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Alternatives

MagazineOctober 2002 (Vol. 13 Issue 7)Alternatives

Taking care of a wound or cut is largely a matter of common sense

Taking care of a wound or cut is largely a matter of common sense. When self-treating, consider these options to help support the body's own efficient healing process.


* Stop the bleeding. The sooner you can cover the wound and slow down the blood flow, the easier the injury will be to deal with. To stop the bleeding, apply pressure that is firm and even - too much will cut off the circulation. Don't keep checking to see if the blood has stopped; you might disturb the clotting/healing process. If there's a lot of blood seeping through the padding you're using, don't remove the padding - cover it with another cloth or pad and continue to apply pressure.


Sometimes minor cuts - especially those on the head and face - bleed much more than you might expect since the number of blood vessels is greater in these areas of the body than in others. Once you have controlled the blood flow, examine the wound to determine what action is necessary.


* Keep it clean. To prevent infection, make sure that anything that touches the scrape or cut - such as hands and dressings - is as clean as possible. From time to time during the healing process, be sure to clean the wound with a gentle saline solution. You can make one at home by dissolving two teaspoons of salt into a litre of boiling water and allowing this to cool.


* In case of infection, try treating with natural antimicrobials. A good first choice is Echinacea angustifolia, which fights infection as well as promotes healing (Br J Phytother, 1998; 5: 97-104; Med Klin, 1984; 79: 580-3). Others include calendula, tea tree and lavender (Phytomed, 1996; 3: 11-8; Austr J Pharm, 1988; 69: 276-8). Pure honey may also be beneficial. Poorly healing wounds may benefit from being bathed in an infusion of camomile (Zeitschr Hautkr, 1987; 1262: 1267-71).


* Boost your protein intake. Skin is made of protein, and extra is required when you are injured. This is especially true for those undergoing an operation since surgery increases both calorie and protein needs by 20-50 per cent. Without enough protein, recovery may be delayed and the risk of infection is increased.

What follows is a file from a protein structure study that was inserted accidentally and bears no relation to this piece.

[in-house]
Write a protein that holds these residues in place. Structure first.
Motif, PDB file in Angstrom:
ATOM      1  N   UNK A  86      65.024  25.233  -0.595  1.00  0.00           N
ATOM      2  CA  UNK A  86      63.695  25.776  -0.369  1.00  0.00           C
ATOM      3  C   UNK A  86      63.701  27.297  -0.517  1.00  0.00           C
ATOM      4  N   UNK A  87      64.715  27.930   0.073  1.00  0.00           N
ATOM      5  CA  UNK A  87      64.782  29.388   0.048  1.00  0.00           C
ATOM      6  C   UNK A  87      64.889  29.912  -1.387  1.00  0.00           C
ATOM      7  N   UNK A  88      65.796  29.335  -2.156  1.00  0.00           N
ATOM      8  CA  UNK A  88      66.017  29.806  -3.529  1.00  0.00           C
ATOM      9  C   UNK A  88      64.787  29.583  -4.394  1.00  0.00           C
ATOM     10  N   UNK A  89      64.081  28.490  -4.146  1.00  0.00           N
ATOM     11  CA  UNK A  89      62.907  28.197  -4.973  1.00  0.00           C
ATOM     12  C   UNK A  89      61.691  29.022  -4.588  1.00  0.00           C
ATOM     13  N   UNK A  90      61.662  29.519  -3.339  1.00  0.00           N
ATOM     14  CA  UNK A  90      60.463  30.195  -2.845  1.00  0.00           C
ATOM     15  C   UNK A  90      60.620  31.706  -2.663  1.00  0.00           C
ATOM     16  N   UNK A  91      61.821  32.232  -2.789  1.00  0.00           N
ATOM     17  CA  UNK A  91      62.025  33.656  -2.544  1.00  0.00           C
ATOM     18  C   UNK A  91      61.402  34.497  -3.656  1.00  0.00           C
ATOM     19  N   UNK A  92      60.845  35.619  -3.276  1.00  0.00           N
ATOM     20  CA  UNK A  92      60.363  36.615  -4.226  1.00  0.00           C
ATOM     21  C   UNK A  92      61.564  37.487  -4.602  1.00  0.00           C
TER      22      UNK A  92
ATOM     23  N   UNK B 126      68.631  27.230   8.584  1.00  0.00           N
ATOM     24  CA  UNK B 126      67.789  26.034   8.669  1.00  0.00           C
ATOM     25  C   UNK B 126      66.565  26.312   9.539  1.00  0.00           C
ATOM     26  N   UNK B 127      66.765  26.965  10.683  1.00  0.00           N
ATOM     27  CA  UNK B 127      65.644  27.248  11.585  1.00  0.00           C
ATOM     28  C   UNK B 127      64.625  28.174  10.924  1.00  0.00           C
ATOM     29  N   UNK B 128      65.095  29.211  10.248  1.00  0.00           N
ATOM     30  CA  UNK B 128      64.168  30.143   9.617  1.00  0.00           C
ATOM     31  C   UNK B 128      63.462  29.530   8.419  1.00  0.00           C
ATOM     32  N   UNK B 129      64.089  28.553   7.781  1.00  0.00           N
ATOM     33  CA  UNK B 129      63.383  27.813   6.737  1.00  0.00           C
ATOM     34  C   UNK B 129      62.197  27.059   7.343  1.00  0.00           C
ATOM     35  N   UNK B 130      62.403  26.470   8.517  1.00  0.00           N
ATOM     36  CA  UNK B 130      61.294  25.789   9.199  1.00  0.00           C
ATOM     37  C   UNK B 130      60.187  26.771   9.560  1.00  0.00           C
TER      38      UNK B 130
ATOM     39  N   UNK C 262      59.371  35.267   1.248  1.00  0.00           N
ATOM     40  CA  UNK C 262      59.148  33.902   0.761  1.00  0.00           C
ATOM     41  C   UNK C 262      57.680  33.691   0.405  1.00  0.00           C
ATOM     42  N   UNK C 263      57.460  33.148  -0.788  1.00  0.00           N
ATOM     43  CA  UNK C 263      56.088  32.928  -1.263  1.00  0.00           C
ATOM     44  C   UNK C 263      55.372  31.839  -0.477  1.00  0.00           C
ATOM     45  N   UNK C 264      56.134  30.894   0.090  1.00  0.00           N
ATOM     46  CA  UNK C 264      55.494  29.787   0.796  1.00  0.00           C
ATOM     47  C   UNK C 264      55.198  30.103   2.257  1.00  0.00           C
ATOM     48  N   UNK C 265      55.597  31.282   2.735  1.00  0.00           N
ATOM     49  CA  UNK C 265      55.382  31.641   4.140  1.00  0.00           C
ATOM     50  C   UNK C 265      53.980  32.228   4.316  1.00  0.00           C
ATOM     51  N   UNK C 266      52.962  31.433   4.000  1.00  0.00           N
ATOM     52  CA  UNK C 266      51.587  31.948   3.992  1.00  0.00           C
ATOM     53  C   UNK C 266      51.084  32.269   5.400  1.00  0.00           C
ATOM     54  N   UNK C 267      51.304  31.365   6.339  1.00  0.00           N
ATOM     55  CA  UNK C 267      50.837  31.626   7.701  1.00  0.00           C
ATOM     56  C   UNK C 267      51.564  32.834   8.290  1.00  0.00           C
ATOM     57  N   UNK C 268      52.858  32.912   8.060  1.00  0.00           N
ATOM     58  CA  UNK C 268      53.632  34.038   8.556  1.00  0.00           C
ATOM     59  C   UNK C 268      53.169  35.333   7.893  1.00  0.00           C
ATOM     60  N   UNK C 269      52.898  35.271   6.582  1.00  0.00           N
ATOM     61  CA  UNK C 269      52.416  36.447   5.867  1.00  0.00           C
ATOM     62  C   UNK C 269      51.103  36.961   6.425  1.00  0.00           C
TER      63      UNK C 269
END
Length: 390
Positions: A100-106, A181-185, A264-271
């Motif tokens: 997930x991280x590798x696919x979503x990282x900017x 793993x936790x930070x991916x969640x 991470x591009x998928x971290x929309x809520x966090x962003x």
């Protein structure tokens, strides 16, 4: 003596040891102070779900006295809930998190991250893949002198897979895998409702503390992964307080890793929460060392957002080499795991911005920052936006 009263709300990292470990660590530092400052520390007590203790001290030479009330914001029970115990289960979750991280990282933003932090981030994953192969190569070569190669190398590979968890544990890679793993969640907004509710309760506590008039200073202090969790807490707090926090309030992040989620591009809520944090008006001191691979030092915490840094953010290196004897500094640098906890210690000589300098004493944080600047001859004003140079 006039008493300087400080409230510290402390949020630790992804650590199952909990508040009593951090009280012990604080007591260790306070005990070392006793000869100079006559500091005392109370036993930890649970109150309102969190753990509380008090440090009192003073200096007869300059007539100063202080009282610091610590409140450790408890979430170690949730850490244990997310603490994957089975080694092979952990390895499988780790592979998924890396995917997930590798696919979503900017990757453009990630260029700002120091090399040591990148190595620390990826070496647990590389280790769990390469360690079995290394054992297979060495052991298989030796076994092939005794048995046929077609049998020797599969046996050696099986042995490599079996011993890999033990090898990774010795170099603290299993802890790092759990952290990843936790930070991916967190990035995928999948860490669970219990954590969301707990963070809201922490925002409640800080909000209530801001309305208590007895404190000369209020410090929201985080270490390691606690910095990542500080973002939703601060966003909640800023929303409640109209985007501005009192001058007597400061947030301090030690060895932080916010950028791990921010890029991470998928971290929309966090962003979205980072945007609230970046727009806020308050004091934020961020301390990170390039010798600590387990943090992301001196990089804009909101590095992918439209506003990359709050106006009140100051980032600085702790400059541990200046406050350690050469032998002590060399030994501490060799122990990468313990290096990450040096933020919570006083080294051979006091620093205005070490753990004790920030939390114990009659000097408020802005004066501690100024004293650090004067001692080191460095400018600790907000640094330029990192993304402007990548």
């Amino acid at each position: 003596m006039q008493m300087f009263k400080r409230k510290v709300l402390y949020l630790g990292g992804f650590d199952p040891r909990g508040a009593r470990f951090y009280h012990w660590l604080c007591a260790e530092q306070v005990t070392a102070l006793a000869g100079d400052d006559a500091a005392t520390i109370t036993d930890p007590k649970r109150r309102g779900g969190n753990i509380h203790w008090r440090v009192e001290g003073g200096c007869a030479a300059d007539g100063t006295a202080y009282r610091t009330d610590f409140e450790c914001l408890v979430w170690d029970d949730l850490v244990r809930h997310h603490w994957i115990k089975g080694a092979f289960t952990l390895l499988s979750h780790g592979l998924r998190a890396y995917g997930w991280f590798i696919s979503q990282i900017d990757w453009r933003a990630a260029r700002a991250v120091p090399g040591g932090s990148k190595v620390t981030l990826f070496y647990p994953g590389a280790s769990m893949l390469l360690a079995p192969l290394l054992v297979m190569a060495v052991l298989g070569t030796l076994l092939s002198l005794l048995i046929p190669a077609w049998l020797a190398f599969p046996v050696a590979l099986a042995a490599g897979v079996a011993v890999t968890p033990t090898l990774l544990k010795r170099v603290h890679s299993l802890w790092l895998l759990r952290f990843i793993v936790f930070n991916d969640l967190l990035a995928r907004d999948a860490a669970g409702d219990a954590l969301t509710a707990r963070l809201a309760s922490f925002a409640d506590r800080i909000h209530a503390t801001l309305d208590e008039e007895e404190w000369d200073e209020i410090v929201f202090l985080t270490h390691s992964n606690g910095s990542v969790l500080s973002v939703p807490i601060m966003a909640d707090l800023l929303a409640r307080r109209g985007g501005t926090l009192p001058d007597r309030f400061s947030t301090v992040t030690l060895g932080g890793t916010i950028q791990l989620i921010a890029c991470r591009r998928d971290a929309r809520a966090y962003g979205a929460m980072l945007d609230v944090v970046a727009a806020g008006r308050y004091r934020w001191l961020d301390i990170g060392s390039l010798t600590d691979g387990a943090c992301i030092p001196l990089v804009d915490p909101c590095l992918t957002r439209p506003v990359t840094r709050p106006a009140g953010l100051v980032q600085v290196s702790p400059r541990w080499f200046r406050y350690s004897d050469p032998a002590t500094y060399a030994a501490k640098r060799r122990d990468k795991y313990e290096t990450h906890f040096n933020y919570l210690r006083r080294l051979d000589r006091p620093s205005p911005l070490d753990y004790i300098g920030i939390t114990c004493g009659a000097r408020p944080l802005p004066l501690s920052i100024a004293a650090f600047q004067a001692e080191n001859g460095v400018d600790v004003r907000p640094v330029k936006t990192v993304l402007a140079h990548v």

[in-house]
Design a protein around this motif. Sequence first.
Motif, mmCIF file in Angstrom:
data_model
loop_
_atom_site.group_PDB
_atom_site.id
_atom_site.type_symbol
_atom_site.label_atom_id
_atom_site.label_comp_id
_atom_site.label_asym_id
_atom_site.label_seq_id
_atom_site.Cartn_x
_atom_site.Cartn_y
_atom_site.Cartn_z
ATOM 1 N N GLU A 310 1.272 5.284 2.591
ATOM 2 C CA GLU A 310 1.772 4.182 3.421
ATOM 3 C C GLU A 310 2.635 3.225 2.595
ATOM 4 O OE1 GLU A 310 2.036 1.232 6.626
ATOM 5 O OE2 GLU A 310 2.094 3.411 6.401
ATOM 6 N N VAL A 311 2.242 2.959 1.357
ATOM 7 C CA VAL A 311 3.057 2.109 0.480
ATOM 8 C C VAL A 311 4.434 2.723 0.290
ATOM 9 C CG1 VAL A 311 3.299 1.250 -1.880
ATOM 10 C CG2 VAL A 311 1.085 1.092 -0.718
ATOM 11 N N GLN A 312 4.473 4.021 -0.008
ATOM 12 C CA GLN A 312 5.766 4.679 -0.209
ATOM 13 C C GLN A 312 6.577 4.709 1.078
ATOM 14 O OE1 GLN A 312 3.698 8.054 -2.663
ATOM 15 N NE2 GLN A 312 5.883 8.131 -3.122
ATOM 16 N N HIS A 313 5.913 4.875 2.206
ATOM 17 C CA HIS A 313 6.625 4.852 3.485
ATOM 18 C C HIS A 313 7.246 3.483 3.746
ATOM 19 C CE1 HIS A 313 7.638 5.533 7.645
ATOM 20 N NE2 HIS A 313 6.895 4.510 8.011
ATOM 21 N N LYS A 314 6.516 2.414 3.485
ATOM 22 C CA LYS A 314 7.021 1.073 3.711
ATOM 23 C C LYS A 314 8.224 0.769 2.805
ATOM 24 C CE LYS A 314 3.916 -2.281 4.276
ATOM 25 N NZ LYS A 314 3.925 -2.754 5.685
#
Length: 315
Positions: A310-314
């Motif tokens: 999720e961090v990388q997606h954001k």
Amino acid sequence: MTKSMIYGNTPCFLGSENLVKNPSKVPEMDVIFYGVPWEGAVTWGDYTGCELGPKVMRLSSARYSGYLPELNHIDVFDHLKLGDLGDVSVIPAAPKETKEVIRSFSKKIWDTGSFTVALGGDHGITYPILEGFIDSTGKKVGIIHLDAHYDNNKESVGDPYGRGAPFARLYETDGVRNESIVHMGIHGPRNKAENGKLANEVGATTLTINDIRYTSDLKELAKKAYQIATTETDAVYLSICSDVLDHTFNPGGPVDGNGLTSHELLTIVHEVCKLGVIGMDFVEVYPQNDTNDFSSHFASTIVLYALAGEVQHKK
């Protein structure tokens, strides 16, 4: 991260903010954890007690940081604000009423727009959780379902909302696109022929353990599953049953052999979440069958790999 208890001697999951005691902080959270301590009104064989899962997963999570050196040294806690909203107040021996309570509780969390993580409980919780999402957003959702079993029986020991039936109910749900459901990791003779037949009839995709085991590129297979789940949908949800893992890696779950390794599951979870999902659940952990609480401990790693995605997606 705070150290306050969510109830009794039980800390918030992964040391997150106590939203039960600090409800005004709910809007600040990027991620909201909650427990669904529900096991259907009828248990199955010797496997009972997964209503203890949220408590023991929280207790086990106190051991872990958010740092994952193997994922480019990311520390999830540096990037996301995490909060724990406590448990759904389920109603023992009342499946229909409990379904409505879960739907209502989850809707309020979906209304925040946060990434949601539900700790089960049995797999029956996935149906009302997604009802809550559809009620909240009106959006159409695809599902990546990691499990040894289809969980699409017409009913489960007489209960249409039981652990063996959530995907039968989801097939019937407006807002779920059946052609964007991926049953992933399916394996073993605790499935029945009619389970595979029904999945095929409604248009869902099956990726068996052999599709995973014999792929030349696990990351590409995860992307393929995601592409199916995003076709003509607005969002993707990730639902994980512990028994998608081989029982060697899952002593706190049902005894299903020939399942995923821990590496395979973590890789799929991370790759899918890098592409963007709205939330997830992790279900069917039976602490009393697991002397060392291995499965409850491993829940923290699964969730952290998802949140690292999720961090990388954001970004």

* Supplement. Studies show that a poor diet can retard wound healing (Am J Med, 1986; 81: 670). WDDTY panellist Dr Melvyn Werbach suggests in his book Nutritional Influences on Illness (Thorsons, 1989) that many nutrients have a role to play in wound healing. Vitamin A helps to form scar tissue, vitamin B1 deficiency can interfere with collagen synthesis and vitamin B5 accelerates the healing process. Vitamin C promotes the formation of collagen and elastin, and a deficiency can slow the healing process. Vitamin E aids in the healing of skin grafts, and zinc stimulates wound healing. Essential fatty acid deficiencies are associated with poor wound healing.


* If you have stitches. You can usually wash an area that has been stitched after one to three days. Washing off dirt and the crust that forms around the stitches helps reduce scarring. If the wound drains clear yellow fluid, you may need to cover it. Be sure to dry the site well after washing. Ointments, rather than creams or lotions, will keep a heavy scab from forming and may help reduce the size of the scar.


* Healing scars. Moist dressings should result in fewer and less noticeable scars. However, if you do have scars, silicone sheeting may be one way to help. Studies show that silicone sheets can moderately improve the appearance of hypertrophic and keloid scars resulting from surgical procedures or trauma (J Dermatol Surg Oncol, 1993; 19: 912-6). They are most effective on fresh scars (Cutis, 1995; 56: 65-7; Dermatol Surg, 1996; 22: 955-9), but should not be used until the cut has closed. Similarly, glycerine-based gel sheeting can be just as effective and less expensive (Adv Wound Care, 1998; 11: 40-3). Simply keeping scars moist for a longer period may be of the greatest benefit. Topical vitamin E oil may also help.


* Know when to call your practitioner. Cuts that require medical attention include those that: are deep (how deep is usually more important than how long); expose any red muscle tissue or yellowish fat tissue; stay open if you let go of the sides of the cut; or are sited on a joint or in an area where healing might be difficult (stitching might be needed to keep the wound closed). If medical attention is required, discuss the pros and cons of different types of dressings with your doctor. For instance, alginates are best used on wounds that are leaking lots of fluid, while hydrogels and hydrocolloids boost moisture in dry wounds. Selecting the right dressing can substantially boost healing.


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